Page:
For the company’s most dedicated users, this slowdown has been painful. At least that’s how Alison Smoker, 38, a mother of three in Atlanta feels who bought a Peloton bike in December 2019. Despite its steep price tag (bikes start at $1,495) and the cost of a subscription monthly, the change made financial sense to Smoker, who had already shelled out $25 to $30 per person for SoulCycle and FlyWheel classes.

Smoker has since become a convert to The Peloton; she appreciates being able to work in sessions around her schedule and extensive course library. Like so many users, she has developed parasocial relationships with her favorite instructors, whom she follows on social media, tracking milestones like births, weddings, and more recently, appearances on Dancing with the stars and the launch of clothing lines sponsored by Adidas. “Looks like I’m friends with these people,” she laughs. It is very wanted. Peloton workouts are expertly infused with the unique stories, personalities and energies of the instructors. When Smoker wants to “laugh through something”, she takes a class with Cody Rigsby; when she wants to dance, it’s cardio with Ally Love; if that’s the inspiration she’s looking for, “Robin [Arzon] is my go to every time.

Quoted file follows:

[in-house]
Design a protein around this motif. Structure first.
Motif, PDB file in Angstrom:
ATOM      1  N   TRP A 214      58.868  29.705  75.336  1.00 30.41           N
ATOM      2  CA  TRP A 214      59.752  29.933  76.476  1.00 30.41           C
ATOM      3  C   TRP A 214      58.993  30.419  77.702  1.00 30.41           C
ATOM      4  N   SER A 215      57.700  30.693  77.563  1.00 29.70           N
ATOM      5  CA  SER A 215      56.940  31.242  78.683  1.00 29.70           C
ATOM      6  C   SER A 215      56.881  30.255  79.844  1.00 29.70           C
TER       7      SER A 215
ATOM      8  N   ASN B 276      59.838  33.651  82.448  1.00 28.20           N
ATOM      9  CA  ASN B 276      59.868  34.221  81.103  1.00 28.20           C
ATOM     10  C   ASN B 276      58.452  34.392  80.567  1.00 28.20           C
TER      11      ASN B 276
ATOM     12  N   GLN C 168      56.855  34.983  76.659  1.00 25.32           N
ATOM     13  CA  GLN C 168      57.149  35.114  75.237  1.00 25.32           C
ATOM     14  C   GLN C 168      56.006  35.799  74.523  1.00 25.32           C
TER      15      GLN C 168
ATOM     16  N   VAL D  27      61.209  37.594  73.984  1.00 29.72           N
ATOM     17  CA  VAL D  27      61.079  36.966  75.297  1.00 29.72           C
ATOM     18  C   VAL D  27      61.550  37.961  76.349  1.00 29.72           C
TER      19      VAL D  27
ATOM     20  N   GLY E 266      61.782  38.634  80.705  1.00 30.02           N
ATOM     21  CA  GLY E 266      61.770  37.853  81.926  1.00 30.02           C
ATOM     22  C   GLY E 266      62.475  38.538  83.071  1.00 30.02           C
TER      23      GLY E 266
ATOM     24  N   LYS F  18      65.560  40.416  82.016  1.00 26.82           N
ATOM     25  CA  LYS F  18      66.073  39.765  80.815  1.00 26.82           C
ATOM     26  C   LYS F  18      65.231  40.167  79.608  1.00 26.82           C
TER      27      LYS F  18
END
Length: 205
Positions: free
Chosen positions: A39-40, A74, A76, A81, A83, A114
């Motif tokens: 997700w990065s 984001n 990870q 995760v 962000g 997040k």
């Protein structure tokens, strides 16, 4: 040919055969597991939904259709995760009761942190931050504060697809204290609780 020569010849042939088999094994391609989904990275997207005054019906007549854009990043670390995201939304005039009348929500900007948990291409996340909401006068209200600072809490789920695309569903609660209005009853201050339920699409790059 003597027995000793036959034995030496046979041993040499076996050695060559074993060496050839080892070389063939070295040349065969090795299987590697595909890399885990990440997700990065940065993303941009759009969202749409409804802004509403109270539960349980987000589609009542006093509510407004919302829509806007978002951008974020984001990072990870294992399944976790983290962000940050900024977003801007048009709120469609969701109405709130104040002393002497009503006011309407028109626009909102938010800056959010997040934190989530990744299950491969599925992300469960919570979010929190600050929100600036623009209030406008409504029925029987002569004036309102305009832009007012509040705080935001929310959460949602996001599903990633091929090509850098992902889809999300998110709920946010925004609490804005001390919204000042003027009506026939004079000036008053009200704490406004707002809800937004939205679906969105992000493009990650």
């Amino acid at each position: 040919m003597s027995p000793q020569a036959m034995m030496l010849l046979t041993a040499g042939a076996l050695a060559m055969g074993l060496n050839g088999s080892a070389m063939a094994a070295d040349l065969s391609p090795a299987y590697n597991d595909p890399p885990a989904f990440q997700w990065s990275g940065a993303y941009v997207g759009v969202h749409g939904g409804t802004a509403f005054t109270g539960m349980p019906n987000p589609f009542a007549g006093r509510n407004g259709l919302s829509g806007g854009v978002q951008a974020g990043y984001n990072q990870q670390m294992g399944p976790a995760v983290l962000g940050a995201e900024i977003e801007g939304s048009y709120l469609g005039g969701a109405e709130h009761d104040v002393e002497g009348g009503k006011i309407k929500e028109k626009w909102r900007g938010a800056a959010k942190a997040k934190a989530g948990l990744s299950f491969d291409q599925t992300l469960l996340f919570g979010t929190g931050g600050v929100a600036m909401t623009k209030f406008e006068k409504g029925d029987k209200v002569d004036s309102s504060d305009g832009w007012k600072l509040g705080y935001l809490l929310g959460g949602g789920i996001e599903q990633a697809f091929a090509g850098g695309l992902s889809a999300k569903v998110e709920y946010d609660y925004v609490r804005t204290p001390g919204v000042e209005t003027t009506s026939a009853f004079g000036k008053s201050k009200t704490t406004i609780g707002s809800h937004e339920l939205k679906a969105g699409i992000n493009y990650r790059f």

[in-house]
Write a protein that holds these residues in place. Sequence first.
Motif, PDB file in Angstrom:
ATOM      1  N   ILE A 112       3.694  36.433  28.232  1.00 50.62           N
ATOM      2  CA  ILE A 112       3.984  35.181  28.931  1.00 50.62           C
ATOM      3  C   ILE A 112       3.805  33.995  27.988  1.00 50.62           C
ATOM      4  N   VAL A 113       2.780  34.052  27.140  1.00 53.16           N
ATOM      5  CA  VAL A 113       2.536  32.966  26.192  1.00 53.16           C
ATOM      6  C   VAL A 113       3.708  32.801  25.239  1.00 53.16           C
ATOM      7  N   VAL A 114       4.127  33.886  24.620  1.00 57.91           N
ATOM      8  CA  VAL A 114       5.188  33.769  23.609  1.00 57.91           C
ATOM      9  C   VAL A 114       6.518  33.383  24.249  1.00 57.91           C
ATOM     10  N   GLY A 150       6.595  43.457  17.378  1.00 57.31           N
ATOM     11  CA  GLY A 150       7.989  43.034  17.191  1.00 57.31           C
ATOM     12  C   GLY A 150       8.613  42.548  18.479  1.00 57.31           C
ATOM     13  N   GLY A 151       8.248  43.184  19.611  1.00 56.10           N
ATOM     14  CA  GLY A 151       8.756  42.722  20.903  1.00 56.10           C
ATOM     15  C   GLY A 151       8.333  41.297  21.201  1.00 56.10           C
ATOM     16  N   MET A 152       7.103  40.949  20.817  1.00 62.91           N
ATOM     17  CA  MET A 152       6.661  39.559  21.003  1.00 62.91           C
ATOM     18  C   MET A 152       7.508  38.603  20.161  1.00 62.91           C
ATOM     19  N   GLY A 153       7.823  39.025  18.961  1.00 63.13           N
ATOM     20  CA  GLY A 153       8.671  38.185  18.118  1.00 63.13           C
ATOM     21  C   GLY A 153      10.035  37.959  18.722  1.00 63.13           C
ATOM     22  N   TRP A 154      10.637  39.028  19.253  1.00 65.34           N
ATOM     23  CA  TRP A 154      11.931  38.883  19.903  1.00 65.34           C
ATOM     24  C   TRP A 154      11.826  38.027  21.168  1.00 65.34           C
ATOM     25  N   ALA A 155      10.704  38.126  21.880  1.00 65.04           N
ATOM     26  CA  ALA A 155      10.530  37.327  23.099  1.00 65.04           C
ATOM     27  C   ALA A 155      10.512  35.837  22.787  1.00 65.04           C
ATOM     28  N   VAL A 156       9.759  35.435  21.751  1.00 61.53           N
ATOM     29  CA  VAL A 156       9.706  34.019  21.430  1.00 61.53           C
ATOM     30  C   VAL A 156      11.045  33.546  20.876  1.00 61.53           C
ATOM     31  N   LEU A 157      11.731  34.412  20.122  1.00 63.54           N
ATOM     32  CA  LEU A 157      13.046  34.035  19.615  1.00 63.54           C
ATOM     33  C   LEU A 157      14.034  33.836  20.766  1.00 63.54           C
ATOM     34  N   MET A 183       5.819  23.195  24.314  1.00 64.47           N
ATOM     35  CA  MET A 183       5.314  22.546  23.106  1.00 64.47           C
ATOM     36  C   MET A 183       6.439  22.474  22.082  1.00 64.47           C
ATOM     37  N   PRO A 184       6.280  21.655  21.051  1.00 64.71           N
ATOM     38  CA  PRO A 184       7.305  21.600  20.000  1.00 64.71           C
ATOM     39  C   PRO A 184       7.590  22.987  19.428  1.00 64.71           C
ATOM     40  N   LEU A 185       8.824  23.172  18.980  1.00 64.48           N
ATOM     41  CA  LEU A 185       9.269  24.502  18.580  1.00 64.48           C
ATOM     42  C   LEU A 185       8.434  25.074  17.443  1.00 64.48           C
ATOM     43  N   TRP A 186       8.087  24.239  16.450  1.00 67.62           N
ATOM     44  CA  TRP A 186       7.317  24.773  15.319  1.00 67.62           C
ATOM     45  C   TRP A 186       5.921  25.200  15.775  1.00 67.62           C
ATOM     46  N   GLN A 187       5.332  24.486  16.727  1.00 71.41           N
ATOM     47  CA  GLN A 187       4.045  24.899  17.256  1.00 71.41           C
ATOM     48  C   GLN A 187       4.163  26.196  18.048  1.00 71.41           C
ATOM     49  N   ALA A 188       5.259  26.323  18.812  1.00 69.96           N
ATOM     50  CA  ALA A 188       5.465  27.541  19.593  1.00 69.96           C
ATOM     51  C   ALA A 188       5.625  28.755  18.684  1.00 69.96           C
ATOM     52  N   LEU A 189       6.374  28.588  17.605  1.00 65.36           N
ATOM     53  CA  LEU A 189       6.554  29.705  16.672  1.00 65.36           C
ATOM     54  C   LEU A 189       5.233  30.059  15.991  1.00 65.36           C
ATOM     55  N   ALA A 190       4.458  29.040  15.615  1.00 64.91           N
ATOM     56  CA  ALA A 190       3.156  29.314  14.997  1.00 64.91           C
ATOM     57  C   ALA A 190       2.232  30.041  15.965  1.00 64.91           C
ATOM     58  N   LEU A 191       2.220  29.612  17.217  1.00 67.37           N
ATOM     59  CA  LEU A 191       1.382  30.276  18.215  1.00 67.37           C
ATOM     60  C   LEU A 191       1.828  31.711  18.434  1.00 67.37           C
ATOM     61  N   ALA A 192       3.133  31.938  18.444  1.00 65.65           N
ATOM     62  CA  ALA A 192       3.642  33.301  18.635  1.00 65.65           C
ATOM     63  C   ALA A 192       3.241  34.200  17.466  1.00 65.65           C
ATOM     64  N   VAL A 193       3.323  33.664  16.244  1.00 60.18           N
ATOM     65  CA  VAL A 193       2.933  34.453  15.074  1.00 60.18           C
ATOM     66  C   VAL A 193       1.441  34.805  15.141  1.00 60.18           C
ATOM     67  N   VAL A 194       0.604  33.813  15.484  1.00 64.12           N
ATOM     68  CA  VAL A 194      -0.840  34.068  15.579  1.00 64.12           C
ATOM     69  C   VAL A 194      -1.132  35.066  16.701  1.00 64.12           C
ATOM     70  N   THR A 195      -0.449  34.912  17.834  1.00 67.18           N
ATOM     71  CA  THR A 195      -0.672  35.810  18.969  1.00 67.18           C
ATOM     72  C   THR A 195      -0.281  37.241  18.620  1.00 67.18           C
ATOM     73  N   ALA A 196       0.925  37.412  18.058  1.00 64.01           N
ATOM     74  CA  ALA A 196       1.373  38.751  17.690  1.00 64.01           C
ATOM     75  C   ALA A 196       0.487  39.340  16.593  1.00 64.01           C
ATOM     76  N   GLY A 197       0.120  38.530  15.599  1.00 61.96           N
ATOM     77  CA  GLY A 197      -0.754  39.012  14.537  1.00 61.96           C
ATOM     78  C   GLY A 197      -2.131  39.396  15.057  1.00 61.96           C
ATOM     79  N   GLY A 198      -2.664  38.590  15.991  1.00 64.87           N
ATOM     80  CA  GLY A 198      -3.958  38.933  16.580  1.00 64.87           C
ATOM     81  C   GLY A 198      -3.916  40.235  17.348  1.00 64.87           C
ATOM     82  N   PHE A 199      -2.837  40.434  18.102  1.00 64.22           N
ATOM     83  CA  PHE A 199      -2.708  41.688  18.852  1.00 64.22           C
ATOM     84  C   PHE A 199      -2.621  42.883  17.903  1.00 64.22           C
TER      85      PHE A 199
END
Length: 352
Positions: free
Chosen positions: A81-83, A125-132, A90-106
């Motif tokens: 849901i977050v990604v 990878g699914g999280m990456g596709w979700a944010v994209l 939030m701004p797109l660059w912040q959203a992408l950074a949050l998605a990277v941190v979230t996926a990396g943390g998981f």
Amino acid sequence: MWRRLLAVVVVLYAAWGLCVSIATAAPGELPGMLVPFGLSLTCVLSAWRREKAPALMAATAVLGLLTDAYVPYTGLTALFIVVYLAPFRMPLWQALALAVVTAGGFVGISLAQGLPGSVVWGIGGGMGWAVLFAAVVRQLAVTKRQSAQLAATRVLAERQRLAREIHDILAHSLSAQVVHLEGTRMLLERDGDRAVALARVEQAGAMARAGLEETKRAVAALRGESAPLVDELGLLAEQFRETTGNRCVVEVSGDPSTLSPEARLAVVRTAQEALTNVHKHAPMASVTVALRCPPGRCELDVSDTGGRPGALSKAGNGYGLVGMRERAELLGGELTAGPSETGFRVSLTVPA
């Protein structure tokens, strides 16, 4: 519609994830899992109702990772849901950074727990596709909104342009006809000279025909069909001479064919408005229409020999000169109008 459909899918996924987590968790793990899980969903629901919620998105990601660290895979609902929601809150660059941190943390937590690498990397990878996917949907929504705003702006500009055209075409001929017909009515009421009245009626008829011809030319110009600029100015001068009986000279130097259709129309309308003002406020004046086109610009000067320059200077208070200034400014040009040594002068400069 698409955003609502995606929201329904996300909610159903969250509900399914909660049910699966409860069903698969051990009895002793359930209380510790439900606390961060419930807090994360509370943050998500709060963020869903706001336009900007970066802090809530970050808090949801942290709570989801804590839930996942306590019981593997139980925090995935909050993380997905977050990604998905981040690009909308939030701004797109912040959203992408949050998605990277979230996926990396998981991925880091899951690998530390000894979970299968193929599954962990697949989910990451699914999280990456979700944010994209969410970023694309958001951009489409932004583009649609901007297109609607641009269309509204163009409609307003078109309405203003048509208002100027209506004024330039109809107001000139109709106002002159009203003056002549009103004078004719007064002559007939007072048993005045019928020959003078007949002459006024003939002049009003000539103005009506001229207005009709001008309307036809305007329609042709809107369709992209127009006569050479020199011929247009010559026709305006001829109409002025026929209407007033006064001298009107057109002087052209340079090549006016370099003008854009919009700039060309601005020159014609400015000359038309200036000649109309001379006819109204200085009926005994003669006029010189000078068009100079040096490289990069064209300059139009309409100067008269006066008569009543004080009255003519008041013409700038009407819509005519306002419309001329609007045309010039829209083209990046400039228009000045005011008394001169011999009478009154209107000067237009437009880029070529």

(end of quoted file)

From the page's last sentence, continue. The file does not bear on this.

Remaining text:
Smoker has become such a Peloton fan that she regularly invites girlfriends to try out the bike, eager to convince them to buy one and join her for live workouts. But with the reopening of gyms and fitness classes, it’s an increasingly tough sell. A sale of the business makes her nervous — “I’m not a big fan of Amazon,” she says — and she doesn’t want the classes’ unique vibe and vibe to change.

Primack says the company didn’t do well in anticipating this shift in supply and demand: it’s a big bet that a pandemic-induced spike in orders was the new normal rather than a temporary feature of an unprecedented virus. “It would be interesting to see what Peloton would look like today if there hadn’t been a pandemic and they had been able to continue growing on a gradual upward trend,” he says.

As demand for Peloton continues to dwindle, a sustainable future depends on the company’s ability to accept that its target audience may not be as large as it once thought, Siegel says. The next logical step then is to focus on major customers like Smoker who would likely pay more for a subscription, especially one with additional features, rather than driving away many more users by lowering prices. Peloton has expanded its offerings in the past – it launched cardio dance class in 2020, rolled out boxing classes at the end of last year, and just introduces a series of game-inspired workouts– and there was talk of a branded rower. For its part, Peloton sees its treadmills as a long-term growth opportunity; it’s not hard to imagine die-hard loyalists buying multiple machines and building an exclusively branded Peloton home gym. While much of the high-end connected fitness market has been saturated, there’s still room to grow, Primack says, but not at the rate it was growing.